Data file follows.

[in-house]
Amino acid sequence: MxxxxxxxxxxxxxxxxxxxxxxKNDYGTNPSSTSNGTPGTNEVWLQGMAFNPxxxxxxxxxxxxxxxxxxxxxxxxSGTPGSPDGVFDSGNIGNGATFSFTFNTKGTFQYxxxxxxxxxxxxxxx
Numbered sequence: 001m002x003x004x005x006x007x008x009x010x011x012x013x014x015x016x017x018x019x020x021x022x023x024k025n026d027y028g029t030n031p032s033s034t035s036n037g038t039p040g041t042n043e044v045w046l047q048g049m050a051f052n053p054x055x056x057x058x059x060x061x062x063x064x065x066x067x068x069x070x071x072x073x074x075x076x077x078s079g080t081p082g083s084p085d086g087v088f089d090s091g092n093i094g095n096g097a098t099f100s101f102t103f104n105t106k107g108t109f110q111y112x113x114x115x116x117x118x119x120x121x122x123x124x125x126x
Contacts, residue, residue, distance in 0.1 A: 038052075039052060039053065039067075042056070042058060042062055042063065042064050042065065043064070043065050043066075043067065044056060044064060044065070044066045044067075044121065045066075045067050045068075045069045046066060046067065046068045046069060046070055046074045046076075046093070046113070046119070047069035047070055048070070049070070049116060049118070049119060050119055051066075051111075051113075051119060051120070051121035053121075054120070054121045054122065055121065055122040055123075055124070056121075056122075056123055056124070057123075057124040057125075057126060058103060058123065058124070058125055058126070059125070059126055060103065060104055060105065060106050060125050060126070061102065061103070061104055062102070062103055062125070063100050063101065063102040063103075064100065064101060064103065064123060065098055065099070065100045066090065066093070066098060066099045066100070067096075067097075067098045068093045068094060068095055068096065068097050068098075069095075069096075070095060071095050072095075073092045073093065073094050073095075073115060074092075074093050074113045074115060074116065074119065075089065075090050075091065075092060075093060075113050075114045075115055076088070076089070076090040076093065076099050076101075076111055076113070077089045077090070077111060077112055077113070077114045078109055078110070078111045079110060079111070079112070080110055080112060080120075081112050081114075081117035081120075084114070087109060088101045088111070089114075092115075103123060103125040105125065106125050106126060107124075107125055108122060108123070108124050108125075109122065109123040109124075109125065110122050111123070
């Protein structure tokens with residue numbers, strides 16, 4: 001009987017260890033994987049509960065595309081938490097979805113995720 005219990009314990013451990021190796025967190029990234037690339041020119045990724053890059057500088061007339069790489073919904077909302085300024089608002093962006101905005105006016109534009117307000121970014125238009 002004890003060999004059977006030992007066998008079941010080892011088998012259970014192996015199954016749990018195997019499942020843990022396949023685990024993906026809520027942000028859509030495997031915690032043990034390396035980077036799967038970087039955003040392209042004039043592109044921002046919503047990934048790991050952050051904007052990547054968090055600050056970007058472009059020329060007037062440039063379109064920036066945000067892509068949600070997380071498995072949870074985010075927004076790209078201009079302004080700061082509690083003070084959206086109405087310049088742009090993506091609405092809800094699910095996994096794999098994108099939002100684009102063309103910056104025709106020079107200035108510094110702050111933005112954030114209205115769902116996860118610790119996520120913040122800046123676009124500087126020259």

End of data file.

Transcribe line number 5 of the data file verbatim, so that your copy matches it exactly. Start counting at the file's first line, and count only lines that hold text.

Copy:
């Protein structure tokens with residue numbers, strides 16, 4: 001009987017260890033994987049509960065595309081938490097979805113995720 005219990009314990013451990021190796025967190029990234037690339041020119045990724053890059057500088061007339069790489073919904077909302085300024089608002093962006101905005105006016109534009117307000121970014125238009 002004890003060999004059977006030992007066998008079941010080892011088998012259970014192996015199954016749990018195997019499942020843990022396949023685990024993906026809520027942000028859509030495997031915690032043990034390396035980077036799967038970087039955003040392209042004039043592109044921002046919503047990934048790991050952050051904007052990547054968090055600050056970007058472009059020329060007037062440039063379109064920036066945000067892509068949600070997380071498995072949870074985010075927004076790209078201009079302004080700061082509690083003070084959206086109405087310049088742009090993506091609405092809800094699910095996994096794999098994108099939002100684009102063309103910056104025709106020079107200035108510094110702050111933005112954030114209205115769902116996860118610790119996520120913040122800046123676009124500087126020259």